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Tuesday, June 5, 2012

Snails Attacking My Lawn!

Q. I am attaching a picture of tiny snails that have invaded and killed off quite a few patches of our grass. I cannot seem to find any information about these tiny snails anywhere! I was hoping you might be able to identify them so we can eradicate them from our lawn.
Snails on lawn area of reader

A. It is unusual for snails to be a problem in lawns in our climate. My guess would be that parts of a lawn that might be susceptible to snails would be on the shadier sides of the yard. Usually those areas in full sun would not suffer as badly. Secondly, these snails usually come in on landscape plants brought into the yard from nurseries. Your strategy should be to remove any habitat that is favorable for them and reduce their numbers.
            Mowing the lawn shorter, watering more deeply and less often should help. Try to avoid daily applications of water when weather permits. This may not be possible in midsummer months. Frequently lawns have irrigation systems that are not what we called "zoned" for different microclimates. When irrigation systems for lawns have valves that water a hot side of the landscape and, at the same time, water the cooler side of the landscape (west and north sides or south and east sides) then the cooler sides of the landscape may become overwatered just because the hotter side will determine when to irrigate.
            This may be too late in some circumstances or not possible but whenever possible try to zone irrigations so that west and south sides may be irrigated at the same time and east and north sides are watered or zoned together as well. In other words when a valve comes on it should be designed to water different microclimates separately.

            If you have to pair sides of the landscape then pair west and south together and east and north together. Never pair north and south or west together or east and west and south together.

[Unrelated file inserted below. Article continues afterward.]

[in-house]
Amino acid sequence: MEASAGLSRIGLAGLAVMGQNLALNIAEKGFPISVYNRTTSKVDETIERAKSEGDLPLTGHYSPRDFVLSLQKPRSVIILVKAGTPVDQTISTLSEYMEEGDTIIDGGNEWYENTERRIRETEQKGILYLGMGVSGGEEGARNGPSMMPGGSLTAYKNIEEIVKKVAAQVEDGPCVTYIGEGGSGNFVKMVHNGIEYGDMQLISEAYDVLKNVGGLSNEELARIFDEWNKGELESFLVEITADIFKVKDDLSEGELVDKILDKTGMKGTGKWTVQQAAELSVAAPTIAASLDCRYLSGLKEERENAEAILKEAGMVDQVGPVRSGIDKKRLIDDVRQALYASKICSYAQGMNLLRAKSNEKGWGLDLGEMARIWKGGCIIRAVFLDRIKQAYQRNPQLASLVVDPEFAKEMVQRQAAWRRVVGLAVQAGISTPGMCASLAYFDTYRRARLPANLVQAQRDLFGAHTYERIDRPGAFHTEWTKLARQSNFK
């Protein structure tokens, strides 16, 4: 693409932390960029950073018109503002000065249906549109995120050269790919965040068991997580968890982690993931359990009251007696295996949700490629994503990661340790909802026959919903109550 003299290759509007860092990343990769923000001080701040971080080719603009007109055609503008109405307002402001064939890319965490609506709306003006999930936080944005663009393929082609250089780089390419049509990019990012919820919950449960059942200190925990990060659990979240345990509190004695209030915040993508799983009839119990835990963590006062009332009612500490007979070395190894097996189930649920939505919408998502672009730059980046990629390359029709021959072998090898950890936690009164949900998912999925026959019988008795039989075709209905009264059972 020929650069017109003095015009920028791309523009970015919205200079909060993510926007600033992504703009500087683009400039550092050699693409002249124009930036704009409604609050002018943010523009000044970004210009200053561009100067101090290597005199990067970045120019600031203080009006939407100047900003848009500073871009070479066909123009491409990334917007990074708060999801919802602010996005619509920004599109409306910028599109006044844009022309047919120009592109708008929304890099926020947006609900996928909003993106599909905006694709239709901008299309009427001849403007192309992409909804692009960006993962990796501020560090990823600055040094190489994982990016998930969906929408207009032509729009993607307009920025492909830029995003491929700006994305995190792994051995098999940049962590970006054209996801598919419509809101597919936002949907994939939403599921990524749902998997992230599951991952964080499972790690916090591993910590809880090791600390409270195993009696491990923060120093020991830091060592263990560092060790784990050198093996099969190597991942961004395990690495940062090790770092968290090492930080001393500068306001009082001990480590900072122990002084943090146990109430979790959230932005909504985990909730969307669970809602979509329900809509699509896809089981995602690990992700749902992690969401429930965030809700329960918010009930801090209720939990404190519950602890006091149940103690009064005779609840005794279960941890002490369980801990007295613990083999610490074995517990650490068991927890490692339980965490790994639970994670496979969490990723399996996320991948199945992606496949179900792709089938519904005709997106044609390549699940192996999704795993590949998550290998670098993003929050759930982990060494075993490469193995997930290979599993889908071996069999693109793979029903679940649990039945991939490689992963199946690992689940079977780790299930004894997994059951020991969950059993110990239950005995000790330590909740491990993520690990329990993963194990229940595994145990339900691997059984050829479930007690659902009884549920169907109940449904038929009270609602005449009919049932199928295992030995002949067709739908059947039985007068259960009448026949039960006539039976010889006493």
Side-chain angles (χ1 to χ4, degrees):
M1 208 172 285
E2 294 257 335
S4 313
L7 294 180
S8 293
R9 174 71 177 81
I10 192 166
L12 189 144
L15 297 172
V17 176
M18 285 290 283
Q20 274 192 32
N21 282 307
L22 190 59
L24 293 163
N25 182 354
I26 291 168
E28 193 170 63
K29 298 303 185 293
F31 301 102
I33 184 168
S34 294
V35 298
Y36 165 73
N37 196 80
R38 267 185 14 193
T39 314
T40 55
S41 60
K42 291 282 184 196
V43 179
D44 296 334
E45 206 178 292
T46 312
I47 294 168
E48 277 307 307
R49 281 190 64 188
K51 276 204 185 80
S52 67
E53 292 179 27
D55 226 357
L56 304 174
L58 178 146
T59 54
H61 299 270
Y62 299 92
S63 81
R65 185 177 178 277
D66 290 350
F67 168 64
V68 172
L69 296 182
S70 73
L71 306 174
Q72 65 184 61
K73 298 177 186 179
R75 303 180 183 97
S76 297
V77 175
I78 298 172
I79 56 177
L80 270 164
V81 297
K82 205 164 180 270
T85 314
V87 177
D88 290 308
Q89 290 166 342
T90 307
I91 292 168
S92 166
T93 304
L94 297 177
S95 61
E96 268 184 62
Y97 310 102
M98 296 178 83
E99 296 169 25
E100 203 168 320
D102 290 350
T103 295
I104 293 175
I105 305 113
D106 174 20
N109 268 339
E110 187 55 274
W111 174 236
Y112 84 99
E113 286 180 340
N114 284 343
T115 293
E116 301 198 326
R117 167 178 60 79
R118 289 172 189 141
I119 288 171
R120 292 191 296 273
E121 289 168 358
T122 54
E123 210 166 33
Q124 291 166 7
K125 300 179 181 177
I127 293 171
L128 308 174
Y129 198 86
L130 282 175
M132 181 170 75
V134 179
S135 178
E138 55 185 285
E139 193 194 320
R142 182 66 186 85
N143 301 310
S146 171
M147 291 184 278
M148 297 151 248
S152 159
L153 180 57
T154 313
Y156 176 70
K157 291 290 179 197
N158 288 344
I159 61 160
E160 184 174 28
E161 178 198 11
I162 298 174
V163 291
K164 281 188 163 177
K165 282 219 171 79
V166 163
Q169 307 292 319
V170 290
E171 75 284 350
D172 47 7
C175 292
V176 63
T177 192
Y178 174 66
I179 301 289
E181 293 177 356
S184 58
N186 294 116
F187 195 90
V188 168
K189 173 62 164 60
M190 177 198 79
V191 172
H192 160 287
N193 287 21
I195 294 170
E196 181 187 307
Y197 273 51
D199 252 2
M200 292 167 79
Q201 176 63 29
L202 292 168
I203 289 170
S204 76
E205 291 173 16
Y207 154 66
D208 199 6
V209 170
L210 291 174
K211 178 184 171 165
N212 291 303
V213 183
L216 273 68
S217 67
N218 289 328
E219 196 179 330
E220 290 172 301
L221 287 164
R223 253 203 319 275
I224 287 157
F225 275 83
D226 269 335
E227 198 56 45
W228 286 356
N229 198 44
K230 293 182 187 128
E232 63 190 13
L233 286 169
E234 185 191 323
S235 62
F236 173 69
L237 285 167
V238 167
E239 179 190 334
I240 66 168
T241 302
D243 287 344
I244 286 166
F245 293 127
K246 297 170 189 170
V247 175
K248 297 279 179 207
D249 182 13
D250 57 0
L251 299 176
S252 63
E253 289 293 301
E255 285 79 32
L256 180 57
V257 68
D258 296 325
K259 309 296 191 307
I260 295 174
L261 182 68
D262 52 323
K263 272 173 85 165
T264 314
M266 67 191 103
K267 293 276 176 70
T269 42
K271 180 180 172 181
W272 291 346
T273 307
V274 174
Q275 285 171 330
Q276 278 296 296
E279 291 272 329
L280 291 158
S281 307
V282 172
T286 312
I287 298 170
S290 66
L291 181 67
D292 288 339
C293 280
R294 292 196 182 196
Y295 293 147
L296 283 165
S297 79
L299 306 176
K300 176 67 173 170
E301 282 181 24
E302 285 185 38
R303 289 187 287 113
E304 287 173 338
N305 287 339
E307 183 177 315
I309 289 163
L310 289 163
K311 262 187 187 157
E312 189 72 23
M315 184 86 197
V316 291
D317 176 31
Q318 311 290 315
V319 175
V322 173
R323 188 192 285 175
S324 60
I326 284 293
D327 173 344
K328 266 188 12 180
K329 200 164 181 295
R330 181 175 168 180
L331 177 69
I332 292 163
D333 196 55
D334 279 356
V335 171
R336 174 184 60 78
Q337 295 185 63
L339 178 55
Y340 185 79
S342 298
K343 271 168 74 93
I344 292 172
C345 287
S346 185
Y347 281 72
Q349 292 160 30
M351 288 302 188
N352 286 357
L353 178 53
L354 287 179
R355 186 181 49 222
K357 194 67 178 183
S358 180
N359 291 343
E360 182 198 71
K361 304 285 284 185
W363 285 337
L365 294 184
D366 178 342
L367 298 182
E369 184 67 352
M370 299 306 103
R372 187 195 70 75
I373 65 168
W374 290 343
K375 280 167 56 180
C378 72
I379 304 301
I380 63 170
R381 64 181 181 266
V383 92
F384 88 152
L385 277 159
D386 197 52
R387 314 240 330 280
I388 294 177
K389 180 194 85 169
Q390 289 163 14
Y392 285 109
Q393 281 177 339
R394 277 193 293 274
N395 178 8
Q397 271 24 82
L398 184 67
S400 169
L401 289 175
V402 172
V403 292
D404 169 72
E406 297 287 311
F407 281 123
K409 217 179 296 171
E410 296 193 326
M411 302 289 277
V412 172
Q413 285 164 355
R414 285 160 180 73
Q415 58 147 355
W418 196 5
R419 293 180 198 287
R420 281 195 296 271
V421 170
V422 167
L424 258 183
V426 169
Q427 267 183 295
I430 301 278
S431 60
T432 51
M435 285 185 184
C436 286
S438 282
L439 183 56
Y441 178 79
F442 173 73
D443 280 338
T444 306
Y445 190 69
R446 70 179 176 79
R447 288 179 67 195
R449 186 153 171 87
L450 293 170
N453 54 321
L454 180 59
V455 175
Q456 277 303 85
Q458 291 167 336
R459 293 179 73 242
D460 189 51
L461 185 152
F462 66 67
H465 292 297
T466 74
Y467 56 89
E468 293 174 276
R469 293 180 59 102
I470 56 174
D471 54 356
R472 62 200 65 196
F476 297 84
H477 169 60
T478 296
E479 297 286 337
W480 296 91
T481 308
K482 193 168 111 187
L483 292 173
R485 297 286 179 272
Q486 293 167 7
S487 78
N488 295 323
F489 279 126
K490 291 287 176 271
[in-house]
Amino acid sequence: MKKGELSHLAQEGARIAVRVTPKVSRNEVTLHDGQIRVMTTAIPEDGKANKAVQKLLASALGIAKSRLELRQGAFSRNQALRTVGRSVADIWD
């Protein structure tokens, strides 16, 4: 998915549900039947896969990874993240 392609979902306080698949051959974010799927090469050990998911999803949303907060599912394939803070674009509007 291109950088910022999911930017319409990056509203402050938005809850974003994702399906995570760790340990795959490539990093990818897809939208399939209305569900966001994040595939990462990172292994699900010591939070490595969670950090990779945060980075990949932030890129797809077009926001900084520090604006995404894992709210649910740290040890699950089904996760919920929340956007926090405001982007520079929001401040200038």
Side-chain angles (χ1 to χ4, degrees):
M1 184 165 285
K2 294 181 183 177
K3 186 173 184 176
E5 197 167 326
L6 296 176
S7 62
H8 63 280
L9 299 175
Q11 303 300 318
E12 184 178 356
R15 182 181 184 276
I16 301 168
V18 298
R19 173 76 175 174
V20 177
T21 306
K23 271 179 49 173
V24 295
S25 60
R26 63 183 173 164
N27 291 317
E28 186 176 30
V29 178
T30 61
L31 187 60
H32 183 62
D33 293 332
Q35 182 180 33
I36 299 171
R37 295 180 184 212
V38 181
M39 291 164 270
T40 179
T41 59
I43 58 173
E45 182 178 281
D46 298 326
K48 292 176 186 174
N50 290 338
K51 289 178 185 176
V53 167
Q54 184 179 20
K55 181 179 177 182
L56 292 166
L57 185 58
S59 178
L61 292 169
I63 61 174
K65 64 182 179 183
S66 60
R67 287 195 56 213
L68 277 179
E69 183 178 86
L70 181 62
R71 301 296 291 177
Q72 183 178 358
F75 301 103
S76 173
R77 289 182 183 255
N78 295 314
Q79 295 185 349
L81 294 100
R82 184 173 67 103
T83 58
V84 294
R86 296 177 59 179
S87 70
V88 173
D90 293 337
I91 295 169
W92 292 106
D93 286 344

As far as getting rid of existing snails there are a couple of things you can do. They do make a snail and slug bait commercially that you can put out into your shrub or ground cover area. You can also make your own bait by using beer. Open a can of inexpensive beer and leave it opened for a day or two until it gets stale. Take a shallow bowl or plate and place it into the shrub area buried up to its lip. Pour in the stale beer into this shallow plate or bowl so that they can crawl into the stale beer and die a happy death.
            You can also place pieces of cardboard into this landscape area and wet them down so they don't blow away or put rocks on them to weight it down. Snails usually come out when it is dark and retreat into shady spots during the day. During the day pick up the cardboard and remove the snails from under it or on it and dispose of them. Place the cardboard on the soil again and repeat this until your numbers dwindle or they disappear. You will have to repeat it in about a month when a new crop of them emerge. I hope this helps


  1. what species of snail is this? They are also in my yard but I don't want to kill them. Just curious about this tiny little creature.

    1. I don't know. Any snail experts out there?

  2. I don't believe the snails kill the lawn. I think the snails are the result of dead lawns suffering from brown patch or bermudagrass decline. Fungicide should be applied to the lawn as soon as there are patches of dying or dead grass. The snails don't seem to hurt the grass but I am no expert. The lawn should be treated with an insecticide in the spring and perhaps in the summer if needed but the fungicide should remedy the dead lawn issue.

  3. if you don’t want them to spread beyond their boundaries. In order to prevent reseeding, harvest the flower heads before they’re fully dry. lawn mowers lowes